14 responses to “Community and the Politics of Place

  1. Chuck – congrats on joining the (personal) blogosphere.

    The creation of community, or of civilization, for that matter, may be enhanced by social media. I don’t think it can be solely responsible for creating community.

    Social media still depends on like-minded people, interacting. Some of them might already be part of a community (such as PR people), and the functioning of that community can be helped or hurt by social media.

    Just as in face to face interactions, thoughtless, incomplete or anti-contextual comments can injure relationships in the social media realm.

    I see social media as more of a means rather than an end — a tool set that leads to relationships. I have used social media as a means of introducing myself, but the quality of the relationship after that introduction depends on other factors.

  2. Hey Sean – Thanks for stopping by! I definitely agree with you…face-to-face interaction is definitely required for true community to exist. That being said, I think social media can help lead us there.

  3. Hi Chuck–Nice little blog you have going here.

    A few years ago, I asked Robert Putnam, of “Bowling Alone” fame, the same question. He felt (in 2004) that the verdict was still out on the social “web 2.0” community actually becoming a community.

    I fear that I am a bit down on the ability of the social networks to recharge community engagement overall. Studies have found (I’ll go find them) that facebook “friends” are merely a collection of people and that we still tend to only really talk to 5-10 people anyway, leaving your other 200 friends in the dust.

    However, I’d say the “flash mob” is a prime example of community–at least a community of people responding to an event request immediately and just as quickly dispersing.

    The problem with the flash mob, as with other communities like say, ning.com, is that the user seeks out similar views rather than diverse views. In a living community, our neighbors will differ from us, probably. What seems to be happening virtually (ning.com) and in reality (“The Big Sort”) is that we are seeking homogenious places. This explains the proliferation of “Christian” themed everything (wrestling, amusement parks, rock music) for the fundamentalists, for example.

    I recommend the use of social media to the government agencies I work with due to the fact that a whole generation is missing key information from the government. However, there is a recent trend of parents and old people (believe it or not, us Chuck!) who are joining these sites, driving off communities of 18-25 year-olds to even more new media.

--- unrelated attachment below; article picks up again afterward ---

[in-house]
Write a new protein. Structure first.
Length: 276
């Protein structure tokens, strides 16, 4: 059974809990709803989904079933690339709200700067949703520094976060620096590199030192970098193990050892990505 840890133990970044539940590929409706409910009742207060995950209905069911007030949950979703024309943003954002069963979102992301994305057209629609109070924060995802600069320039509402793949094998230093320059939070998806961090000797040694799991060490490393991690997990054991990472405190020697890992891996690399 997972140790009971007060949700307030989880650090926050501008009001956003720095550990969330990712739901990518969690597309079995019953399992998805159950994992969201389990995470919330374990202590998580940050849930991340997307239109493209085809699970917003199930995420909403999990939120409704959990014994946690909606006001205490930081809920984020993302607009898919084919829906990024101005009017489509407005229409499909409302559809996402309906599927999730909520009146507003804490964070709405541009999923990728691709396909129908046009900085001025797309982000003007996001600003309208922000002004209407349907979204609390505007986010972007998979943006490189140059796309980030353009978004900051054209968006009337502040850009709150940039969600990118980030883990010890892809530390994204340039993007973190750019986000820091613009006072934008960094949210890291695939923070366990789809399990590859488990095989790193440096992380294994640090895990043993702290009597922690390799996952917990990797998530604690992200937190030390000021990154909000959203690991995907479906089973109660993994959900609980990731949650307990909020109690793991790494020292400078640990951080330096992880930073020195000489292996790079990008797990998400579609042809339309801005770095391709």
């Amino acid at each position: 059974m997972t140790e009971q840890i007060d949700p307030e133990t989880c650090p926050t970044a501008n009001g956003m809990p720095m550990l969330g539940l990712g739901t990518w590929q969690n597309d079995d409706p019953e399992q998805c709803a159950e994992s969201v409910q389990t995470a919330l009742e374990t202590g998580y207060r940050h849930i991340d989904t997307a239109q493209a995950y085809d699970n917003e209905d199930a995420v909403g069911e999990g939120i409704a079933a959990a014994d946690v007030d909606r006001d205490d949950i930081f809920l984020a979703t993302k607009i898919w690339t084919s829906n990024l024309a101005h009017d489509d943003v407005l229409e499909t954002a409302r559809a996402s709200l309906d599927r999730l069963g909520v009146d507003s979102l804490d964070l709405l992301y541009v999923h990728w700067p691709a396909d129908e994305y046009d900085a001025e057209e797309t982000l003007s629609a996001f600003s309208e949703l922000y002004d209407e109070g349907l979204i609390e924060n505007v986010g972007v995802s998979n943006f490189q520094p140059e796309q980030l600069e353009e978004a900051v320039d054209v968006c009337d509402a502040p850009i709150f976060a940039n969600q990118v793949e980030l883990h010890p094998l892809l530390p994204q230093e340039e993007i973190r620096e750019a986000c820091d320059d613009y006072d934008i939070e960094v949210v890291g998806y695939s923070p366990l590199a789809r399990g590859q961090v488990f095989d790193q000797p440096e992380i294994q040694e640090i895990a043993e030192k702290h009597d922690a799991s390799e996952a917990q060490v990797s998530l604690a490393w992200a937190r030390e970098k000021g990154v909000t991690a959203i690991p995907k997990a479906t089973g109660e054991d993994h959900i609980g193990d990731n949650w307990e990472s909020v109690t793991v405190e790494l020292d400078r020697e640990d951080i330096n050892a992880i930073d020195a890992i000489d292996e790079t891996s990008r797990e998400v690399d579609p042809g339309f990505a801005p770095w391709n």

Consider this final point–Twitter, and texting has replaced the phone call, which replaced letter-writing, and face-to-face communication. I no longer have to even talk to someone in voice, let alone in person. I can just text, coldly, impersonally.

    I have avoided Twitter. However, I will credit facebook for leading me to this blog, and to coordinating visits of my college peers when they come to DC (such as yourself).



  4. David – thank you for raising the intellectual quotient of this blog by about 10x. I figured I might get a reaction out of you because I know how much you loved that class 🙂

    And I refuse to believe that I’m old. Just not going to do it.

    • No problem. I spend entirely too much time on this particular topic. Mostly because homeland is looking to reap the raw data from social networking for emergency management. I still fence-ride on this topic, is web 2.0 an ersatz community or a real one?

      Oh, and I still think back to Mattern though he didn’t like my politics. The example of the porchless homes comes up in my conversations quite a bit–especially since McMansions now have monumental porticos that scare away people coming to the front door–something the author didn’t forsee in the 90’s. I wonder what a big front door but little porch actually means–usually, overcompensation.

  5. Fantastic question, Chuck (and nice blog you’ve got going here!). I was actually passed this (http://www.newsweek.com/id/213088) article on increasing isolation in the US the other day (h/t @jeremymeyers) and my mind went straight to it after reading your post.